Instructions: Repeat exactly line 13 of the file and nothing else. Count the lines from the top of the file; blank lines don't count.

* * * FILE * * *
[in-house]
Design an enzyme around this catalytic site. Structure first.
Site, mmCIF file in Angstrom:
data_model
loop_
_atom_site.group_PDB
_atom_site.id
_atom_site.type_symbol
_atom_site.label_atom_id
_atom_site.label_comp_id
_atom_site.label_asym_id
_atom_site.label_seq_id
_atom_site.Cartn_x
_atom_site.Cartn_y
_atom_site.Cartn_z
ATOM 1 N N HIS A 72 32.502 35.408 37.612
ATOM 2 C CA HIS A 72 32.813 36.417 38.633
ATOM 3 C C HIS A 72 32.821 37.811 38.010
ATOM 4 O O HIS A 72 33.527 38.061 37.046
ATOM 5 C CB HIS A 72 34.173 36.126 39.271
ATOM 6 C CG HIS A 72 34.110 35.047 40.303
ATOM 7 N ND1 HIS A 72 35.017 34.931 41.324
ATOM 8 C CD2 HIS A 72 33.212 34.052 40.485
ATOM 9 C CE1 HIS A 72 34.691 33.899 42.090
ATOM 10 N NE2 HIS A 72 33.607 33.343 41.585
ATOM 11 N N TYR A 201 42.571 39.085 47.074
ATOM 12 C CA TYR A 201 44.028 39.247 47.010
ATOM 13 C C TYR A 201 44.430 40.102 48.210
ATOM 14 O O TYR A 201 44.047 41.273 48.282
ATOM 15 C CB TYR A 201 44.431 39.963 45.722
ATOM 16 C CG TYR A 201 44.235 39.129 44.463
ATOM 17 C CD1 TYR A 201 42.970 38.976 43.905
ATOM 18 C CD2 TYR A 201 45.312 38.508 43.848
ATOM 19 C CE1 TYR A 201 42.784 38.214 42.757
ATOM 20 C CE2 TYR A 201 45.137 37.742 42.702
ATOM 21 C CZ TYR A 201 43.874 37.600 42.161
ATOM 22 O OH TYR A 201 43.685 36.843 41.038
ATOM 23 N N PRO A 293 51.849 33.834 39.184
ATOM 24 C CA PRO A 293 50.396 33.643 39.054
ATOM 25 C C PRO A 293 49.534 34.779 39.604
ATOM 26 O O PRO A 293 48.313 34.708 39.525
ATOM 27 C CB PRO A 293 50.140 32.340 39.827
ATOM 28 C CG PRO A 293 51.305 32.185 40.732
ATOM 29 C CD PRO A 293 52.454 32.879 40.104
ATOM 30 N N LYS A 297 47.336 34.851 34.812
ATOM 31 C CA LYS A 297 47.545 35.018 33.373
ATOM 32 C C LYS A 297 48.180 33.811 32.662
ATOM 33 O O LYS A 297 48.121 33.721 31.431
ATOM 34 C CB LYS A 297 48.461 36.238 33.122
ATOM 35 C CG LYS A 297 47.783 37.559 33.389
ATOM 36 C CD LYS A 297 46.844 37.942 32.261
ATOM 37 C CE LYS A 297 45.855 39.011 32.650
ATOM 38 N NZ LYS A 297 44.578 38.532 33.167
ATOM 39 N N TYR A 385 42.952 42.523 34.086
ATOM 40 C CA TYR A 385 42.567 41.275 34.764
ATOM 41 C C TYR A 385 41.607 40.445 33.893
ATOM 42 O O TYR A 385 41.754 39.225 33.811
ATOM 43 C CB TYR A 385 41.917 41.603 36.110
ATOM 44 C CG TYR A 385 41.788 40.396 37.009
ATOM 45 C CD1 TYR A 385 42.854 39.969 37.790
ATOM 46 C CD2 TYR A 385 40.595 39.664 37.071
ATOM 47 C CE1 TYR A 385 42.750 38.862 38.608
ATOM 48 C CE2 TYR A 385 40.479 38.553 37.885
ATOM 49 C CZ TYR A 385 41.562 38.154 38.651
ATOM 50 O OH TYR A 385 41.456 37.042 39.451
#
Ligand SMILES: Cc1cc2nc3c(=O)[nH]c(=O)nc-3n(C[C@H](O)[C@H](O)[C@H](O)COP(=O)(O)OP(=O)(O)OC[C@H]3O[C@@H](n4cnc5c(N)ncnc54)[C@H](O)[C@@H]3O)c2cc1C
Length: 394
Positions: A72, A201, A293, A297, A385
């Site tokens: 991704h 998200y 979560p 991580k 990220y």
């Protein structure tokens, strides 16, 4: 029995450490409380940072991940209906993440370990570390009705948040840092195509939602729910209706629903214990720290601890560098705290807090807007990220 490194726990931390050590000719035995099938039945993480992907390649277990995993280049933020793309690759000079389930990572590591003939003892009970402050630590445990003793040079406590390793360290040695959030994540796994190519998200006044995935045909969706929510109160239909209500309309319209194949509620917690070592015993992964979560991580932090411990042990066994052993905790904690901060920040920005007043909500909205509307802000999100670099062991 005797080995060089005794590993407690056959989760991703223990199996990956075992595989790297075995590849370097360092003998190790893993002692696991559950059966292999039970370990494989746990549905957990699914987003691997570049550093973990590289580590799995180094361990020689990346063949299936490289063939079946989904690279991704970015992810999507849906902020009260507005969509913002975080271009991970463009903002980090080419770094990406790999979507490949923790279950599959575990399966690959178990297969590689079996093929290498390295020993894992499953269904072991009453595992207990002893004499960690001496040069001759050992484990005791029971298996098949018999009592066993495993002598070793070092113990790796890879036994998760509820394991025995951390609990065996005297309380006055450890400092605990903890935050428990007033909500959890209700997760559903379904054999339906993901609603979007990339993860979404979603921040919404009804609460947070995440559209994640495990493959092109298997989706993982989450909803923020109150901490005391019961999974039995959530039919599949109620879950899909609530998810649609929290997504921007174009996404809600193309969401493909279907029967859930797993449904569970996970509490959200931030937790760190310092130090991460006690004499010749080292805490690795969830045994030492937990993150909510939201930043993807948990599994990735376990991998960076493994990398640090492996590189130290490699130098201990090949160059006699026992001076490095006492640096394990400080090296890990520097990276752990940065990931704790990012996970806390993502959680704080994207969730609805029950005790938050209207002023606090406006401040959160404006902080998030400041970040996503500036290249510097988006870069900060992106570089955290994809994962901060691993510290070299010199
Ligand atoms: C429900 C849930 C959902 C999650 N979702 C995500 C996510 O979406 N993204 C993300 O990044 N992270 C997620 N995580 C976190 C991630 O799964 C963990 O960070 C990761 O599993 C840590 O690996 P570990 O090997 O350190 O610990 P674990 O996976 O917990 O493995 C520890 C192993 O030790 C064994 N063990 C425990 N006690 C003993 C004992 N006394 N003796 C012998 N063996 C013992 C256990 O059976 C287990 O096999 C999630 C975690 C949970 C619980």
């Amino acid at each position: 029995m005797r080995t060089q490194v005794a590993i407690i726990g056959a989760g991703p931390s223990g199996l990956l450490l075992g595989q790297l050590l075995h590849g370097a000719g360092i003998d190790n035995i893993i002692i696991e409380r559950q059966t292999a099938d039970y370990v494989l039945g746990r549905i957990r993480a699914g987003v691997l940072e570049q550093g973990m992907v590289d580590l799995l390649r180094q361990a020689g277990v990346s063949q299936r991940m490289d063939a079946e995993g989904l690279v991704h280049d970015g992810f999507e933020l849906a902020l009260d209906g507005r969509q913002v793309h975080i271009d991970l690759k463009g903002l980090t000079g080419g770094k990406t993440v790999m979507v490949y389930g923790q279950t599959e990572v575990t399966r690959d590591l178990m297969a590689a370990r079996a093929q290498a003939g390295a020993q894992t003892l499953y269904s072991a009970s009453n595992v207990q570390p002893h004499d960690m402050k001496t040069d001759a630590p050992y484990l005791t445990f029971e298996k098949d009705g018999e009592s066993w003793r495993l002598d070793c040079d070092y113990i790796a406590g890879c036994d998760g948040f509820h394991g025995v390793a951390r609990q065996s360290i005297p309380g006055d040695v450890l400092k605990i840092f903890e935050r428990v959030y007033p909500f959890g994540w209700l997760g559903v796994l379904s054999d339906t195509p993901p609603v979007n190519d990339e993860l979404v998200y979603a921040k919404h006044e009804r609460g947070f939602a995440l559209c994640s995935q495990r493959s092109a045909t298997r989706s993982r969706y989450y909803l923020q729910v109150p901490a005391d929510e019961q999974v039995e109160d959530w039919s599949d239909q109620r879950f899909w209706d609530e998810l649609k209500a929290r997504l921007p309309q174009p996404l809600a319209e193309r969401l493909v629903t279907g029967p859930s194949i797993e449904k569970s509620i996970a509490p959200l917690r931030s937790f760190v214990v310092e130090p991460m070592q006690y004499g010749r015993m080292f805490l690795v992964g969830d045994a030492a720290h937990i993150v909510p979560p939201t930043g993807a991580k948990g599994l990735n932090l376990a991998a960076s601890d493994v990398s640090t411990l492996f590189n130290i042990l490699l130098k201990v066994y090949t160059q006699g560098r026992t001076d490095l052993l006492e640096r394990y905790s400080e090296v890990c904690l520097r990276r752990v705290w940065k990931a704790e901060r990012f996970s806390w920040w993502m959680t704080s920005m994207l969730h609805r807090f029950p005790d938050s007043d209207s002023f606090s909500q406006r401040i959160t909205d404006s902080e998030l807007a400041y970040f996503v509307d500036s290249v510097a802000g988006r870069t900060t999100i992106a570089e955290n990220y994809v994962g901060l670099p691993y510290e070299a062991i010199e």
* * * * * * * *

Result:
_atom_site.Cartn_x